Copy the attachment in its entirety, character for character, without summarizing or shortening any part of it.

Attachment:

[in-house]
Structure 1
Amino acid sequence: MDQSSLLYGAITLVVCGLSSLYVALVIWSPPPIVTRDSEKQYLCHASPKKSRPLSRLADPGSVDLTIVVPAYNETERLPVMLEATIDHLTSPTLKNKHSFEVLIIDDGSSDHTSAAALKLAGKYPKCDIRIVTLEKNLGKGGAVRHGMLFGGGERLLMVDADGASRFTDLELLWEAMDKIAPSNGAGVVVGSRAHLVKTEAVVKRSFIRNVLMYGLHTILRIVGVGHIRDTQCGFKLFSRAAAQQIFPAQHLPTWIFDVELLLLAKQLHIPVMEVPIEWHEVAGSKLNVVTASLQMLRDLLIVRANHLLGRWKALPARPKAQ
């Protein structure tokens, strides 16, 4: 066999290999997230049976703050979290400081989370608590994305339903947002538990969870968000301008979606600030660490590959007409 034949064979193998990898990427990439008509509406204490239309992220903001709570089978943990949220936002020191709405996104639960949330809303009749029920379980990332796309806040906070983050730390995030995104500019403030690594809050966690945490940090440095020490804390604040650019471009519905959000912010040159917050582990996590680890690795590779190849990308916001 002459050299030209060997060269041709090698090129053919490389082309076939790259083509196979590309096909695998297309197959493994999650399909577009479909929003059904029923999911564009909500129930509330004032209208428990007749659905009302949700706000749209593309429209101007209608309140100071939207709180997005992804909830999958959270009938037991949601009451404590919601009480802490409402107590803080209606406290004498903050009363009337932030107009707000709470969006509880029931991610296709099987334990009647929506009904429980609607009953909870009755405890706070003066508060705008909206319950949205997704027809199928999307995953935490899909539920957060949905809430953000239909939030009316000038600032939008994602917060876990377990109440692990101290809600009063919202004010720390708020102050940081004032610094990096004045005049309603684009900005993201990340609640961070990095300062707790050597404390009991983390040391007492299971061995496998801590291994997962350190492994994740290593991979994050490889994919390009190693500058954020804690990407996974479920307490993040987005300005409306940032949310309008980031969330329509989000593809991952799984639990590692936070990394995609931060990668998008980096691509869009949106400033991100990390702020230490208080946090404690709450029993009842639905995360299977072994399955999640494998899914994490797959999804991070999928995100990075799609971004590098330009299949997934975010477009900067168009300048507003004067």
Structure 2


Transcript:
[in-house]
Structure 1
Amino acid sequence: MDQSSLLYGAITLVVCGLSSLYVALVIWSPPPIVTRDSEKQYLCHASPKKSRPLSRLADPGSVDLTIVVPAYNETERLPVMLEATIDHLTSPTLKNKHSFEVLIIDDGSSDHTSAAALKLAGKYPKCDIRIVTLEKNLGKGGAVRHGMLFGGGERLLMVDADGASRFTDLELLWEAMDKIAPSNGAGVVVGSRAHLVKTEAVVKRSFIRNVLMYGLHTILRIVGVGHIRDTQCGFKLFSRAAAQQIFPAQHLPTWIFDVELLLLAKQLHIPVMEVPIEWHEVAGSKLNVVTASLQMLRDLLIVRANHLLGRWKALPARPKAQ
């Protein structure tokens, strides 16, 4: 066999290999997230049976703050979290400081989370608590994305339903947002538990969870968000301008979606600030660490590959007409 034949064979193998990898990427990439008509509406204490239309992220903001709570089978943990949220936002020191709405996104639960949330809303009749029920379980990332796309806040906070983050730390995030995104500019403030690594809050966690945490940090440095020490804390604040650019471009519905959000912010040159917050582990996590680890690795590779190849990308916001 002459050299030209060997060269041709090698090129053919490389082309076939790259083509196979590309096909695998297309197959493994999650399909577009479909929003059904029923999911564009909500129930509330004032209208428990007749659905009302949700706000749209593309429209101007209608309140100071939207709180997005992804909830999958959270009938037991949601009451404590919601009480802490409402107590803080209606406290004498903050009363009337932030107009707000709470969006509880029931991610296709099987334990009647929506009904429980609607009953909870009755405890706070003066508060705008909206319950949205997704027809199928999307995953935490899909539920957060949905809430953000239909939030009316000038600032939008994602917060876990377990109440692990101290809600009063919202004010720390708020102050940081004032610094990096004045005049309603684009900005993201990340609640961070990095300062707790050597404390009991983390040391007492299971061995496998801590291994997962350190492994994740290593991979994050490889994919390009190693500058954020804690990407996974479920307490993040987005300005409306940032949310309008980031969330329509989000593809991952799984639990590692936070990394995609931060990668998008980096691509869009949106400033991100990390702020230490208080946090404690709450029993009842639905995360299977072994399955999640494998899914994490797959999804991070999928995100990075799609971004590098330009299949997934975010477009900067168009300048507003004067």
Structure 2